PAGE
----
(ignore the dot, it's just a copy-paste artefact..)
This seemed straight forward. The semi-major axis "a" equals the radius divided by sine of the angle. Great! But that didn't work in Unity.
At this point I had figured out that Mathf.Sin takes radians instead of degrees (despite the documentation saying otherwise), so for this attempt, my code looked like this:
visualScale.z = 0.5f / Mathf.Sin(angle * Mathf.Deg2Rad);
It felt like I was close, but I couldn't google my way to an easy answer, and the math terms were getting to me, so I resorted to blind hacking. Maybe you can see the solution right there, but sometimes you go blind while working on a problem. I tried Cos, I tried moving the variables and I even tried reading again, but it just didn't click. Eventually, I gave up and accepted that my Hazards would just be perfect circles.
But - the animation had gotten stuck in my mind, and after sleeping on it a few times, I still felt like I was too close to let it go. So I went back and stared at it. It was just off by a little - the scale was maybe too small and the animation was out of sync. Reversed. So! I figured that I needed to set the entire length of the cylinder, not just the semi-major axis, and multiplied by two - then, I reversed the angle by subtracting it from 90, because that was the range of change I'd gathered from playing with sine. And it worked!
visualScale.z = (0.5f / Mathf.Sin ( (90 - angle) * Mathf.Deg2Rad )) * 2;
Now, writing up a devlog on this, I realized I could actually do some basic math and reduce the simple function to:
visualScale.z = Mathf.Sin ( (90 - angle) * Mathf.Deg2Rad );
And voila - it looked good and seemed simple. Stupid math. I'm pretty happy about it, but I am fairly certain that I wasted too much time on it and I might as well have used a custom collider and just stretched the whole thing.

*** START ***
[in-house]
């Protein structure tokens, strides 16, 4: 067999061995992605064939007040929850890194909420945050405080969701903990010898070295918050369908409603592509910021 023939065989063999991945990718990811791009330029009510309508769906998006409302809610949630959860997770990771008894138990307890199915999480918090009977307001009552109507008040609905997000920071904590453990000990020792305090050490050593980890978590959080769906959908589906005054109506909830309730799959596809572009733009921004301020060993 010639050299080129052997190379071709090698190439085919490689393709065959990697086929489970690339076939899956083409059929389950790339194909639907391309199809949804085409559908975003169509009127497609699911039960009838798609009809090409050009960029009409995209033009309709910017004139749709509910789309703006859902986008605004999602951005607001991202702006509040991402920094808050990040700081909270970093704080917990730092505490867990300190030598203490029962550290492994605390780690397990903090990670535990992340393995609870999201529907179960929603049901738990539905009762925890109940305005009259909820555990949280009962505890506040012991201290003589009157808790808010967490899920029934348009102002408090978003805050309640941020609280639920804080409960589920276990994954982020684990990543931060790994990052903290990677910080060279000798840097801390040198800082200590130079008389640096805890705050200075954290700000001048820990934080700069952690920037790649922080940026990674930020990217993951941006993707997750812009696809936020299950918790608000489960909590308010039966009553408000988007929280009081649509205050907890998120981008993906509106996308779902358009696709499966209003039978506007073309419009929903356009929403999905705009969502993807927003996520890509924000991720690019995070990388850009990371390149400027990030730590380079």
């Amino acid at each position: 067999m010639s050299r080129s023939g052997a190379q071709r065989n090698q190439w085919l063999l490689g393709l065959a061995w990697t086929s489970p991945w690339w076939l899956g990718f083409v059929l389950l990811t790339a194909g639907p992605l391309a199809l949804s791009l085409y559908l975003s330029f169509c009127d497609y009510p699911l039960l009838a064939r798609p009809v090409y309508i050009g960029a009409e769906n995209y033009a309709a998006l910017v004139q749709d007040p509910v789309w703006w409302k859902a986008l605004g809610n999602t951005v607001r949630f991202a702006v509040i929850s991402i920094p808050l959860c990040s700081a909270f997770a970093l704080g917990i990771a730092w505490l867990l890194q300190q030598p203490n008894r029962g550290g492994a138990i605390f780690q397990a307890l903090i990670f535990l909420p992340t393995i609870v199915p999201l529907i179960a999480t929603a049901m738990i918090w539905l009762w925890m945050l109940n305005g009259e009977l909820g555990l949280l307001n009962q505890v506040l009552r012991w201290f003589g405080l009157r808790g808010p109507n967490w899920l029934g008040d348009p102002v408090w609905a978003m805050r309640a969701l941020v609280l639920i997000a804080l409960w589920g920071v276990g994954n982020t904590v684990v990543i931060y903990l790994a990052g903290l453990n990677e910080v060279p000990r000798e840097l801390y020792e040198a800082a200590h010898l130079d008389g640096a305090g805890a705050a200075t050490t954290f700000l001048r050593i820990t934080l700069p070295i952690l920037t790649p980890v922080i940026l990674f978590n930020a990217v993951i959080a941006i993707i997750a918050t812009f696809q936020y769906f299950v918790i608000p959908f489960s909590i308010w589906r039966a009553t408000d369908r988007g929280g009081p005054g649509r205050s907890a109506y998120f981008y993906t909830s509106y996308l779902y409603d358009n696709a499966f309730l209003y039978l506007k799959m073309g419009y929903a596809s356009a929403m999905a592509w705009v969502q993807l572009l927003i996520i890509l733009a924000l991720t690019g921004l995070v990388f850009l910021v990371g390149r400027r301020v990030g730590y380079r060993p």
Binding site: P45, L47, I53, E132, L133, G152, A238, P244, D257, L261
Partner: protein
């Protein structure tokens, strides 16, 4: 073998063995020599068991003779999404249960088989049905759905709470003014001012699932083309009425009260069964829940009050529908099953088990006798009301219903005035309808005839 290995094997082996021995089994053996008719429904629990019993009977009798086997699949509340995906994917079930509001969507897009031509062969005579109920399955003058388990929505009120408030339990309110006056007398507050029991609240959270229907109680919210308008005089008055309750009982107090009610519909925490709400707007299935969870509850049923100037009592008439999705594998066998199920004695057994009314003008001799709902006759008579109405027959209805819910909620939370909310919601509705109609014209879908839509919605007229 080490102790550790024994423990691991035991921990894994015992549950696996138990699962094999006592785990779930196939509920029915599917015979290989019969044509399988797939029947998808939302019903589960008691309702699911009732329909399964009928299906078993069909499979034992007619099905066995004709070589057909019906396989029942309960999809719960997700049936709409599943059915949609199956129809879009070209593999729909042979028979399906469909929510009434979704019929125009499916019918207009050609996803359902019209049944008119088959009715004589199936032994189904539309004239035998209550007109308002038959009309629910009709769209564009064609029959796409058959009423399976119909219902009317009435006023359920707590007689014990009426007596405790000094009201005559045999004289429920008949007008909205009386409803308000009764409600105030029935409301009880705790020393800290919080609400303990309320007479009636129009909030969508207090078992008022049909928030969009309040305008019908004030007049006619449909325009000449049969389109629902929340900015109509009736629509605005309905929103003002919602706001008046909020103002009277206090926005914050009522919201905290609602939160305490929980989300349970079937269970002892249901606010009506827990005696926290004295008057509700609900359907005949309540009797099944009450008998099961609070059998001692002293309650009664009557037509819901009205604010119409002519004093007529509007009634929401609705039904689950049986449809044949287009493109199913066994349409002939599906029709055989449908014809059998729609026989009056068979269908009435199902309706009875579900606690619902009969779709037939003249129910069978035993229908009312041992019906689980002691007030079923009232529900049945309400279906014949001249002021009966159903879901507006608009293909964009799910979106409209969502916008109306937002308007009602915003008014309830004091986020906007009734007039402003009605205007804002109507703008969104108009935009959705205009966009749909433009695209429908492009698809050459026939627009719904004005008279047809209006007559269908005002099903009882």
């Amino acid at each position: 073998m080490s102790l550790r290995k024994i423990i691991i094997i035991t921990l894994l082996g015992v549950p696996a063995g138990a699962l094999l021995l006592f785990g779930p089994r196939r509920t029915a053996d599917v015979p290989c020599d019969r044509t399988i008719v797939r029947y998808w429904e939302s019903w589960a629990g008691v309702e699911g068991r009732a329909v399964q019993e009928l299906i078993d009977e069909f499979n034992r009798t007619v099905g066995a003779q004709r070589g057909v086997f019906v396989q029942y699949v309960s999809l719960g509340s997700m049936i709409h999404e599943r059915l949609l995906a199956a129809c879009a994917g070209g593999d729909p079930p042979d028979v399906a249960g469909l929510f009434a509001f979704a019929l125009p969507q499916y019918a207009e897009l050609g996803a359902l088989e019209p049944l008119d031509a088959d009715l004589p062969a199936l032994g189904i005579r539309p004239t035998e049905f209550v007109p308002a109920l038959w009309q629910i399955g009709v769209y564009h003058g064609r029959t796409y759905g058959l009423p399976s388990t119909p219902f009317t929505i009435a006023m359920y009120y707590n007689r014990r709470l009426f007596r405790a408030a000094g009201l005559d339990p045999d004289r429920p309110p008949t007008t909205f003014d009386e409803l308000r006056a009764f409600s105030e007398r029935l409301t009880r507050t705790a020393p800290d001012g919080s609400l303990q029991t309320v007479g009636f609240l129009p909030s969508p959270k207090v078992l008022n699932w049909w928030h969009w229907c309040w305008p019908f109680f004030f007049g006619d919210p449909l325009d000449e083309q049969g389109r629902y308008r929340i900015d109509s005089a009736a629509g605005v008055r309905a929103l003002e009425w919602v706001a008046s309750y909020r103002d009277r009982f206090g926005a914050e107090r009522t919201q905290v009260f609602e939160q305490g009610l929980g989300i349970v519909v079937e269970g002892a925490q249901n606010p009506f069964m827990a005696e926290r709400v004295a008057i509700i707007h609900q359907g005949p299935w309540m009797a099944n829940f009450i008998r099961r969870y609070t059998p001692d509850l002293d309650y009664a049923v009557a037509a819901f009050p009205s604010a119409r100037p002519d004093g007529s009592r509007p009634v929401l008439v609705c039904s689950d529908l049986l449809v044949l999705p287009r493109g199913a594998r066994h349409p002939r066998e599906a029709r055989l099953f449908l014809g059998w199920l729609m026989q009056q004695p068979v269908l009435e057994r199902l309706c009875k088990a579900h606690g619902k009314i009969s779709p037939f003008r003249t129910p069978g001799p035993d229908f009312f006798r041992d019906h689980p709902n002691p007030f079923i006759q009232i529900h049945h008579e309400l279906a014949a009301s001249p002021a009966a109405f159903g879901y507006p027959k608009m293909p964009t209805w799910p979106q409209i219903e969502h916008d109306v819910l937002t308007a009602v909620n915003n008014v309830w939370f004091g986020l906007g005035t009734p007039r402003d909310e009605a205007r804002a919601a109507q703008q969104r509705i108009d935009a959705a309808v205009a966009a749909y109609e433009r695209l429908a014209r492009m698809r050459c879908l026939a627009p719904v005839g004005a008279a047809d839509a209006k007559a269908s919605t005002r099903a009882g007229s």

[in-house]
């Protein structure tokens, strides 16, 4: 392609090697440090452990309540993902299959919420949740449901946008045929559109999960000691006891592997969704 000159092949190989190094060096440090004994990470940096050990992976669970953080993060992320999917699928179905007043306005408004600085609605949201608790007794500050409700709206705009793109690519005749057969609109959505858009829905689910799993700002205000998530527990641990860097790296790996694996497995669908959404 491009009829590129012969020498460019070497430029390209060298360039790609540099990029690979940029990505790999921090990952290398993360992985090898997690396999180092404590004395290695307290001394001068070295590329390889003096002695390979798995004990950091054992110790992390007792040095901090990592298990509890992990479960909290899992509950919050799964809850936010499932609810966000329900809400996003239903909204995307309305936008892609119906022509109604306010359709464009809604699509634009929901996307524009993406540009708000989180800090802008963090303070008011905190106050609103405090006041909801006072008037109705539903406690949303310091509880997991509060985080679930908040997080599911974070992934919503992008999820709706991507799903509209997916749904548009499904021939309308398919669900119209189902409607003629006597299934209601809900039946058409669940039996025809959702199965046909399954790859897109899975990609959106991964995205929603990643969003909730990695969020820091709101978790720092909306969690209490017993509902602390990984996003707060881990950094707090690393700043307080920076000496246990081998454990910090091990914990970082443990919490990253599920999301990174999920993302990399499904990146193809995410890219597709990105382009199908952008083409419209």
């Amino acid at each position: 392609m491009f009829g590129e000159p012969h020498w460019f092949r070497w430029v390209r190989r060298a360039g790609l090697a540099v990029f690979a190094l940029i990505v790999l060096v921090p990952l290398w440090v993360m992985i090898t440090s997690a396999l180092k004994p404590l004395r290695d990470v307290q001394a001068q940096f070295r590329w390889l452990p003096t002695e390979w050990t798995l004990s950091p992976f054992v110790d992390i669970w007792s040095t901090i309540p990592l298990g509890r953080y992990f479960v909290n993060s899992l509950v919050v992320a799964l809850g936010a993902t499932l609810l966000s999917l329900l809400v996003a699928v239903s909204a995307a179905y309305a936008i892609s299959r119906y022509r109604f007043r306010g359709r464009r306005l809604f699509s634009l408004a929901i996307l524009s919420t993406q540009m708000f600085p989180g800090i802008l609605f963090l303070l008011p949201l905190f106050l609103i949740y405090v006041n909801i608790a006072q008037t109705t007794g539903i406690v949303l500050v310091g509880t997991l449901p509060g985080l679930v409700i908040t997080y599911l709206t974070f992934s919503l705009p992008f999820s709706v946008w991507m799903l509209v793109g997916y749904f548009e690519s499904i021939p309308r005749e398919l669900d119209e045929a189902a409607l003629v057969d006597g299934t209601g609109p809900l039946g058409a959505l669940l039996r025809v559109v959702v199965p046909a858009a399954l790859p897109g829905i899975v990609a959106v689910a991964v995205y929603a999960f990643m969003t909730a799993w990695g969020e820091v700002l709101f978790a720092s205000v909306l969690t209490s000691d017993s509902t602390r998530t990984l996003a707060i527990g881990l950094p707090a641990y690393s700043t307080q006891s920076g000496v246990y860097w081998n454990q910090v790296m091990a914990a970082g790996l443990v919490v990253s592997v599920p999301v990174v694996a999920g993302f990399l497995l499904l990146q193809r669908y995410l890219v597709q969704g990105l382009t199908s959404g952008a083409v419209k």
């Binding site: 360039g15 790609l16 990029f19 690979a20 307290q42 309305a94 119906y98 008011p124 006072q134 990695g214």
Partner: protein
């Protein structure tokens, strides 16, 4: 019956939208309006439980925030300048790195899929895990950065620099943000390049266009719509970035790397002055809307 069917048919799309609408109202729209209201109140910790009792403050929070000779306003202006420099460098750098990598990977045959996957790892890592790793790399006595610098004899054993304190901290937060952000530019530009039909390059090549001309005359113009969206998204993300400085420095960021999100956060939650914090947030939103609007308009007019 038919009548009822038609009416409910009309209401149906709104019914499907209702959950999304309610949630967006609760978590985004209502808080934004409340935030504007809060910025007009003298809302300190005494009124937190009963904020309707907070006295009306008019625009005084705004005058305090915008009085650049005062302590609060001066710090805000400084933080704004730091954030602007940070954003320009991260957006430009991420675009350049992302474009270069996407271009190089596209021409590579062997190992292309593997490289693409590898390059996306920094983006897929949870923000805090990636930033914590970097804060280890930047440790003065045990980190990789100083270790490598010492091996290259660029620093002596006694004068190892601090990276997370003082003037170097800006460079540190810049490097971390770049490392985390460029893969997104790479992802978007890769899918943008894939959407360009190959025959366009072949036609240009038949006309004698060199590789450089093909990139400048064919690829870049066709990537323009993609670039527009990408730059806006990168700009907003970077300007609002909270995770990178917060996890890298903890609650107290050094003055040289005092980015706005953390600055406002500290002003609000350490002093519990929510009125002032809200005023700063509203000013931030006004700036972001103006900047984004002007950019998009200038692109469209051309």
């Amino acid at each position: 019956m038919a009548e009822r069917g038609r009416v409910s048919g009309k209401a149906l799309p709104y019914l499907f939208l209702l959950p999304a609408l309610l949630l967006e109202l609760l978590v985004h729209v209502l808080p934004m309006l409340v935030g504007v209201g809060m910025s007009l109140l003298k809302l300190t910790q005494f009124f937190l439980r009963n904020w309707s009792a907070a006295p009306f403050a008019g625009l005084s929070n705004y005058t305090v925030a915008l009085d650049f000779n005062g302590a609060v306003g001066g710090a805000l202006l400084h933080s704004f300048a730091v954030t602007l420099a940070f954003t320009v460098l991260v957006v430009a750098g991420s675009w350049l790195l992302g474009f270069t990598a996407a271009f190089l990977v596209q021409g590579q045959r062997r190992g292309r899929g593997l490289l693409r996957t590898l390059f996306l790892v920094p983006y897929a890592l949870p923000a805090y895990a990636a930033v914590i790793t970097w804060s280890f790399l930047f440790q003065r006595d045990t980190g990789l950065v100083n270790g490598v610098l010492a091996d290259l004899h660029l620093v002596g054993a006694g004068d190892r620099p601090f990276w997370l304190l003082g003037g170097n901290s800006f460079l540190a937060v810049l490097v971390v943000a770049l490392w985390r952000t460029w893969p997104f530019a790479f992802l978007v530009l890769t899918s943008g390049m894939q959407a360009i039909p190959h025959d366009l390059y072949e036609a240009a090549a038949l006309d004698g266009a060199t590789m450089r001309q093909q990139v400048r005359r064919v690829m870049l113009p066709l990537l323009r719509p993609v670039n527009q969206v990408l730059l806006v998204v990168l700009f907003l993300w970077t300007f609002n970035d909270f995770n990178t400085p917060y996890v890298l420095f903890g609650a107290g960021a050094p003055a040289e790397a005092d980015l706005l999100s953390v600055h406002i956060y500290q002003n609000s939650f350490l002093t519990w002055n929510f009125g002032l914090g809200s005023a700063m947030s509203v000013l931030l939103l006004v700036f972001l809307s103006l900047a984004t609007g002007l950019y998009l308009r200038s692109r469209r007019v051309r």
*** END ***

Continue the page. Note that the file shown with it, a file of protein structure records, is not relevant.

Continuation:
Despite this problem being very simple and the math being very available when I started to narrow in my search terms, this was way too difficult to get right. If I knew the math to solve this issue, I wouldn't need to look, and once I started to look, I couldn't understand the results I found. This seems like a major problem with how the terminology of math is constructed. To a math literate, the most elegant representation of an explanation is favourable, because you know what every element means, and you just need a reminder, or a direction. The main point in this example, is how the angle in the formula I found in the Wikipedia article, was incomprehensible to me - and I didn't stop to question it. Of course I should have, but the language surrounding it didn't help at all:
angle between the secant plane and cylinder axis
I tried looking up secant plane and figured out what the cylinder axis was, but it was too broad for my immediate understanding, and I really didn't have the cognitive stamina to figure out the basic terms of geometry at that point. When looking up math, I would really love to see the skill tree that I need to follow if I am to undertand the problems I'm at.